Intrauterine Device

Published on: August 2, 2014

Many women want to know that they have a serious control over becoming pregnant or not. Perhaps they are putting off starting a family until they are financially stable, perhaps they already have children and are ready to say that they are “done,” or perhaps they do not wish to become a mother. Whatever the reasoning behind choosing a dependable method of birth control, an IUD is a recommended method of contraception.

An IUD or Intrauterine Device is a small, T-shaped plastic device that is wrapped in copper or that contains hormones. The IUD is inserted into the uterus by an OBGYN during an out patient appointment. There is a plastic string tied to the end of the IUD that hangs down through the cervix into the vagina in order to make removal possible at a later time.

Both the copper IUD and the hormonal IUD prevent fertilization of the egg by damaging or killing sperm during sexual intercourse. An IUD also affects the uterine lining so that an egg cannot implant and grow. The advantages of using an IUD are very popular selling points. The fact that they protect from unwanted pregnancies for five to ten years, and the fact that they require no maintenance once inserted, make an IUD an easy choice for many women. The ideal candidates for an IUD are women who are between the children or have completed their families, however, IUDs have been proven as a safe and effective means of birth control for many women.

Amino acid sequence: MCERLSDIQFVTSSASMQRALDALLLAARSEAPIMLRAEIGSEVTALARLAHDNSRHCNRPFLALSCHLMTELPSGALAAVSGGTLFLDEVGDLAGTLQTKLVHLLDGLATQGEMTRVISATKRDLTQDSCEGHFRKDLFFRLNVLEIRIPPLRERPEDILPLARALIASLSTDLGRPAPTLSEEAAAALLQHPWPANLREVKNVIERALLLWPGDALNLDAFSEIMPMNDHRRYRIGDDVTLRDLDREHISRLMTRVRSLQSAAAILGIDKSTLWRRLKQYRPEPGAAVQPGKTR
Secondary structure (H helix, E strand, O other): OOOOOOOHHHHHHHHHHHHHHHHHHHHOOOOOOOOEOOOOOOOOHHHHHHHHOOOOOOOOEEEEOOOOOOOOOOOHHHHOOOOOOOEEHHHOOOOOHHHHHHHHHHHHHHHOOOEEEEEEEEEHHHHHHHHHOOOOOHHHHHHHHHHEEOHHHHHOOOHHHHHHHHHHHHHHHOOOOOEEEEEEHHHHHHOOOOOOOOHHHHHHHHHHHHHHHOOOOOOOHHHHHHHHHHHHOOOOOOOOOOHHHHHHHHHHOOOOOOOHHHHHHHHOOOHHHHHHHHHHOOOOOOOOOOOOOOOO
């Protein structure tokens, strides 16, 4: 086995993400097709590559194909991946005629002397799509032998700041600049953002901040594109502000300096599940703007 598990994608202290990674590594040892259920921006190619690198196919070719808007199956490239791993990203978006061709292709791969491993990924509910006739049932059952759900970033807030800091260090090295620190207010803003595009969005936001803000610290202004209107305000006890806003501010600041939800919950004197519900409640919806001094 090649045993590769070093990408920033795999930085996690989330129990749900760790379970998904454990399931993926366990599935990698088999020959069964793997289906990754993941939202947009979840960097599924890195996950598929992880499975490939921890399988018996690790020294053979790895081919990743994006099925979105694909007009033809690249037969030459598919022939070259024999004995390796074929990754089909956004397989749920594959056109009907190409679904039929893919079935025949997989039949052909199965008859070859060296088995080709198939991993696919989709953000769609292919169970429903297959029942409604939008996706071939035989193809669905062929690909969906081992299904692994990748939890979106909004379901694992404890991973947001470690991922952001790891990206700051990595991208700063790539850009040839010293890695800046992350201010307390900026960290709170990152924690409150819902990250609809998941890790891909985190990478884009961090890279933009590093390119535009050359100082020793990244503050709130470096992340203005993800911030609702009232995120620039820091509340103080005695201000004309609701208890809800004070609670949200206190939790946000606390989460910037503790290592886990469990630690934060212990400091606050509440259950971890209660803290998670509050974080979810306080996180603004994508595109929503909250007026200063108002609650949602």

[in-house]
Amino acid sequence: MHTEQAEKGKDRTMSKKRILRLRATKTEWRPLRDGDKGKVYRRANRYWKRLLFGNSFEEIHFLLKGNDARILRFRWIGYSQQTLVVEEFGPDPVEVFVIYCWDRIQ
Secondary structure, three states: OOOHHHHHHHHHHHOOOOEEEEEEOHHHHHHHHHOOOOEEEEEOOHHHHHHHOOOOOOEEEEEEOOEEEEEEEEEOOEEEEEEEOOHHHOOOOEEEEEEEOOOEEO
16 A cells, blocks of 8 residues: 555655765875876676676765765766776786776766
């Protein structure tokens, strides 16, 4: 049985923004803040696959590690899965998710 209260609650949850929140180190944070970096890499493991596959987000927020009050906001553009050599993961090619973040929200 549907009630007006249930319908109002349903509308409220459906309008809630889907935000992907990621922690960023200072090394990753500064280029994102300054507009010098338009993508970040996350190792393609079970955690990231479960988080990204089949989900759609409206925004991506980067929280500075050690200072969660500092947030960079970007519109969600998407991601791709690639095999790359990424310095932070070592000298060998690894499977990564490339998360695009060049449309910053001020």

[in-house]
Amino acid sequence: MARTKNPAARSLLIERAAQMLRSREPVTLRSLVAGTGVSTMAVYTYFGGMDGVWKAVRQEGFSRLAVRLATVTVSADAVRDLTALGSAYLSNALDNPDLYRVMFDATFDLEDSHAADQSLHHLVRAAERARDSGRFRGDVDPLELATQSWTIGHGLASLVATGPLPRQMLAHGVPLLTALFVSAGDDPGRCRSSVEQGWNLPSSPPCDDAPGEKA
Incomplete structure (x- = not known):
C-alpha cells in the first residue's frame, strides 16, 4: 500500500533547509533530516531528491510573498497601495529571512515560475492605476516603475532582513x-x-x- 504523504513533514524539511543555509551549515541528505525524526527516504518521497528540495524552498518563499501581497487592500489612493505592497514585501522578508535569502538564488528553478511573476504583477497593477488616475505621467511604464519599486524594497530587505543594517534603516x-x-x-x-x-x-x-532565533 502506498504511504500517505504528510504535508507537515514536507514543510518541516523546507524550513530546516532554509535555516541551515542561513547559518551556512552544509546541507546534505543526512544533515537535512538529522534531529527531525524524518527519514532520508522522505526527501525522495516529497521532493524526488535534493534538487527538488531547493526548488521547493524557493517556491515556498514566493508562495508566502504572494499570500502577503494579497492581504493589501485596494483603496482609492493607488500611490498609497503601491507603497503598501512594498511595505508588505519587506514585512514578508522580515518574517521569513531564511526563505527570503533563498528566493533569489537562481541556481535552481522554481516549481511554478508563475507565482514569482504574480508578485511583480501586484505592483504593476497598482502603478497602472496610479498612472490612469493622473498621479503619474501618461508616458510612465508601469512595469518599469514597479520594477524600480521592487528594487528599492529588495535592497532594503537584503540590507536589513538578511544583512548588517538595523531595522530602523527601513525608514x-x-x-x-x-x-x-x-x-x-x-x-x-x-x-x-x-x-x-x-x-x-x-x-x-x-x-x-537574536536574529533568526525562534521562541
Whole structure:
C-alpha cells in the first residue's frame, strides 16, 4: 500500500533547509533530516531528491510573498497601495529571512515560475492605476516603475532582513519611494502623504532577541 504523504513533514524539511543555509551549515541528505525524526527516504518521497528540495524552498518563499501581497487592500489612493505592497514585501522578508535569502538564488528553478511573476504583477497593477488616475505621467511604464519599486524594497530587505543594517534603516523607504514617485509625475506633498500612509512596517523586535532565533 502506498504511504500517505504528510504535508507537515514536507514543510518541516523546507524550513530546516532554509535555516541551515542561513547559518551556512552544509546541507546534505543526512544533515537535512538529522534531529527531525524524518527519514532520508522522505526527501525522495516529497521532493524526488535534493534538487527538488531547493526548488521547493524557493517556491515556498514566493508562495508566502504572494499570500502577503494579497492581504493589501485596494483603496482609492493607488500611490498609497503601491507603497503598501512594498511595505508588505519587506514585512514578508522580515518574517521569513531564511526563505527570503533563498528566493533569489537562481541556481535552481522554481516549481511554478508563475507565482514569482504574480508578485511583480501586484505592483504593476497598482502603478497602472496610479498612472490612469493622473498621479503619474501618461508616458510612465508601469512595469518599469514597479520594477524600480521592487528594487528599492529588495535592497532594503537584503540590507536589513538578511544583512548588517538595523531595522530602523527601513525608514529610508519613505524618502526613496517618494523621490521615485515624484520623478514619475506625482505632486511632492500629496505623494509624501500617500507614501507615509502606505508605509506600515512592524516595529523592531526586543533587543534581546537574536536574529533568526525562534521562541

Talking to your OBGYN will help to answer any questions regarding the process of having an IUD used as contraception. Deciding whether an IUD is right is a personal decision, but a certified and caring OBGYN can help guide you to the best decision.

Posted on behalf of Carlos Alarcon, M.D., Marietta OB-GYN Affiliates, P.A.


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